Also on Thursday, the head of Afghanistan's main intelligence service resigned, citing differences with President Ashraf Ghani, who assumed office a little over a year ago.


Gen. Rahmatullah Nabil said he did not agree with the president's policies in recent months, without providing further details. The four-star general had served as head of the National Directorate of Security for five years.


Ghani said in a statement that he accepted Nabil's resignation and would replace him with someone from within NDS.





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Greetings from Kabul


been here a few days - all nice and quiet, even peaceful


had to get camp manger to unblock site - hence the late hello

Edited by WRW
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German minister of the interiour de Maizière visits Afghanistan to debunk myths about what migrants get in Germany and to remind afgahns that when they leave it won't get better in Afghanistan, when the people trained and paid for with western assistence money leave. Further he said that some places in Afghanistan were safe.


The same day a suicide bomber exploded at a police station in Kabul, killing twenty and wounding 29. Other numbers say 32 wounded.



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LOL, this interior minister simply doesn't get it. S/F....Ken M

He is following official US line that afghanistan is safe in some ares. And as an interior minister he is desperate to reduce the number of refugees.


this article does not give much hope for Afghanistan at the moment:


Afghanistan: Threatening News

Ahmed Rashid


More than fifty journalists have been killed in Afghanistan since 2001. But until this year, nobody had tried to massacre an entire busload of journalists in the center of Kabul, all working for the countrys largest and most successful broadcaster. That changed on January 20, when a suicide bomber drove a car laden with explosives into a minibus taking forty journalists and staff of Tolo TV home after a day at the office.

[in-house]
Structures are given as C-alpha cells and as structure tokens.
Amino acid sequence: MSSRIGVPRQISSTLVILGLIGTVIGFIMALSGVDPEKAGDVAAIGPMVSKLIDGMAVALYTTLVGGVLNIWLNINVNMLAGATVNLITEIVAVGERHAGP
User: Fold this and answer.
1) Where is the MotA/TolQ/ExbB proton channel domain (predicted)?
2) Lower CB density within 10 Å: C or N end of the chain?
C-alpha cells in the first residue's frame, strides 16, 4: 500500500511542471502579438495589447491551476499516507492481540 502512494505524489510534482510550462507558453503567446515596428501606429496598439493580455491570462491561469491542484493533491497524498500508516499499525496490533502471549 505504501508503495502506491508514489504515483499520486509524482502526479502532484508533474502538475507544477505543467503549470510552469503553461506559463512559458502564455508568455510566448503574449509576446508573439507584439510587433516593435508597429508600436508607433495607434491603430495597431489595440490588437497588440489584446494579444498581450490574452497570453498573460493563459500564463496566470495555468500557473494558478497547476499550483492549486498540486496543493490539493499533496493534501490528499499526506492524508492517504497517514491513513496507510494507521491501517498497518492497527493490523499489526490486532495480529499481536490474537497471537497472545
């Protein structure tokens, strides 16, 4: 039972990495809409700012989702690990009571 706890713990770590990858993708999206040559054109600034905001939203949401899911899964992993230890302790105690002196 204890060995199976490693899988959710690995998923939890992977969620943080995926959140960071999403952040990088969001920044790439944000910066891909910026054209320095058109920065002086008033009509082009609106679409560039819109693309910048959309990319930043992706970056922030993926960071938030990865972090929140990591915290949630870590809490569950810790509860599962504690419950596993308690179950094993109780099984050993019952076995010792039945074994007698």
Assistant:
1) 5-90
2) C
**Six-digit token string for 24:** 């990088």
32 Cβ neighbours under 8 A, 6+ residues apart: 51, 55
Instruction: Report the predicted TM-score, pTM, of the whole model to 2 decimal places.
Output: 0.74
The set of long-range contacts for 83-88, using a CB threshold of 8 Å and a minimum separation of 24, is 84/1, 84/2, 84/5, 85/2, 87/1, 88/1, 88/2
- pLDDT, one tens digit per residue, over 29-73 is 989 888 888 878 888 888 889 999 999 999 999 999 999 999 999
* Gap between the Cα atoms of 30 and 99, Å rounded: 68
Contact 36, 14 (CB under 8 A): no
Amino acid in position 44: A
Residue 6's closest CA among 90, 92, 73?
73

At least seven people were killed including several women in their early twenties; some of the victims were burnt and scarred beyond recognition.

Another twenty-six were injured, many extremely seriously. It was easily the most deadly single attack against journalists ever made in Afghan history.


Such is the current level of lawlessness and insecurity in Afghanistan, four months after President Obama concluded that the continuing withdrawal of US troops was leading to chaos. Just today, another Taliban car bomb killed at least twenty police in front of a police building in the capital. Despite a remaining garrison of 9,000 US troops and advisors, American diplomats now travel only by helicopter for meetings, even inside Kabul. The Taliban control almost all the major roads in the country, which they can shut down when they choose, thereby isolating the major cities and preventing the supply of foodstuffs and trade from six neighboring states.


Notwithstanding the one trillion dollars spent in Afghanistan by American taxpayers since 2001, the fact is that Afghanistan is a country whose government has hardly any ability to enforce its writ, even in the capital itself. Corruption and warlordism have become an essential part of the system and the population has gradually lost faith in its leadership. And as security continues to deteriorate, Afghans now make up the second largest contingent of asylum-seekers arriving in Europe, their numbers surpassed only by those fleeing Syria.


According to UN statistics, they constitute almost 15 percent of the 650,000 refugees who reached Europe between January and August. Many of them come from well-educated, middle-class backgrounds and had good jobs in Afghanistan when there was still a large presence of foreign forces in the country.


Amid this collapse of the rule of law, Tolo TV has been one of the few bright spots. The network has built up an amazing reputation for reporting the news as it is and presenting the countrys problems as they unfold. It is also intensely creative, translating programs such as American Idol into the hugely popular Afghan Idol , and launching the countrys first league soccer teams. Tolos soap operas are watched around the region. Tolo is less a TV station than a national institution in a country that has few others.